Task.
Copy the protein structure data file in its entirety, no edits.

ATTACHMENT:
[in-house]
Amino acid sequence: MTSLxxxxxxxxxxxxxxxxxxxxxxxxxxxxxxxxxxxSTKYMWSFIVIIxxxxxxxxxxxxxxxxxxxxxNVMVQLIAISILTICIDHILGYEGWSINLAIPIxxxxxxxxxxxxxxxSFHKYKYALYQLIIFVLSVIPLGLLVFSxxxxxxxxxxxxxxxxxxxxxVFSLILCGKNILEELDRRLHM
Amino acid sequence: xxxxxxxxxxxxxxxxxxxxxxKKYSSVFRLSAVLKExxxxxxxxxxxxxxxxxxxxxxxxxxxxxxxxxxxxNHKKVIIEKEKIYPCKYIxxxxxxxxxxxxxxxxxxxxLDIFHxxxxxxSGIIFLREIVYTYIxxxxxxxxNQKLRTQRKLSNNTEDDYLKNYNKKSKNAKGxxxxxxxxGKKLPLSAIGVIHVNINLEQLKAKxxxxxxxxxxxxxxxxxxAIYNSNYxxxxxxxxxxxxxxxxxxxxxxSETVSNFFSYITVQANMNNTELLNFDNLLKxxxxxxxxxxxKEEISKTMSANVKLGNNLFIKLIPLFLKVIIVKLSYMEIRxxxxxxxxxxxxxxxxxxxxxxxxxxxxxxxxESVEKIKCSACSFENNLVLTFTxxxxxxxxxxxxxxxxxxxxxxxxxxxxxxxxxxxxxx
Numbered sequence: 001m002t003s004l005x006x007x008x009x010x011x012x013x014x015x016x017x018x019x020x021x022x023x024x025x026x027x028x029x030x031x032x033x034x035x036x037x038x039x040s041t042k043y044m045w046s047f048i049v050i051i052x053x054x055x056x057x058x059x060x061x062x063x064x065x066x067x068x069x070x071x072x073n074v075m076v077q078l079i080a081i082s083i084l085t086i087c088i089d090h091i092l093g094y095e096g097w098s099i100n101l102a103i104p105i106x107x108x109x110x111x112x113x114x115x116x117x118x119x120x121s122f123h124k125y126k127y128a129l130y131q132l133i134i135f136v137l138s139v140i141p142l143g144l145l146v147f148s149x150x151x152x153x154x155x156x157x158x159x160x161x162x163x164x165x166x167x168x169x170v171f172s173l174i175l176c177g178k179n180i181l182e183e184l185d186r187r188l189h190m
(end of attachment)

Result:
[in-house]
Amino acid sequence: MTSLxxxxxxxxxxxxxxxxxxxxxxxxxxxxxxxxxxxSTKYMWSFIVIIxxxxxxxxxxxxxxxxxxxxxNVMVQLIAISILTICIDHILGYEGWSINLAIPIxxxxxxxxxxxxxxxSFHKYKYALYQLIIFVLSVIPLGLLVFSxxxxxxxxxxxxxxxxxxxxxVFSLILCGKNILEELDRRLHM
Amino acid sequence: xxxxxxxxxxxxxxxxxxxxxxKKYSSVFRLSAVLKExxxxxxxxxxxxxxxxxxxxxxxxxxxxxxxxxxxxNHKKVIIEKEKIYPCKYIxxxxxxxxxxxxxxxxxxxxLDIFHxxxxxxSGIIFLREIVYTYIxxxxxxxxNQKLRTQRKLSNNTEDDYLKNYNKKSKNAKGxxxxxxxxGKKLPLSAIGVIHVNINLEQLKAKxxxxxxxxxxxxxxxxxxAIYNSNYxxxxxxxxxxxxxxxxxxxxxxSETVSNFFSYITVQANMNNTELLNFDNLLKxxxxxxxxxxxKEEISKTMSANVKLGNNLFIKLIPLFLKVIIVKLSYMEIRxxxxxxxxxxxxxxxxxxxxxxxxxxxxxxxxESVEKIKCSACSFENNLVLTFTxxxxxxxxxxxxxxxxxxxxxxxxxxxxxxxxxxxxxx
Numbered sequence: 001m002t003s004l005x006x007x008x009x010x011x012x013x014x015x016x017x018x019x020x021x022x023x024x025x026x027x028x029x030x031x032x033x034x035x036x037x038x039x040s041t042k043y044m045w046s047f048i049v050i051i052x053x054x055x056x057x058x059x060x061x062x063x064x065x066x067x068x069x070x071x072x073n074v075m076v077q078l079i080a081i082s083i084l085t086i087c088i089d090h091i092l093g094y095e096g097w098s099i100n101l102a103i104p105i106x107x108x109x110x111x112x113x114x115x116x117x118x119x120x121s122f123h124k125y126k127y128a129l130y131q132l133i134i135f136v137l138s139v140i141p142l143g144l145l146v147f148s149x150x151x152x153x154x155x156x157x158x159x160x161x162x163x164x165x166x167x168x169x170v171f172s173l174i175l176c177g178k179n180i181l182e183e184l185d186r187r188l189h190m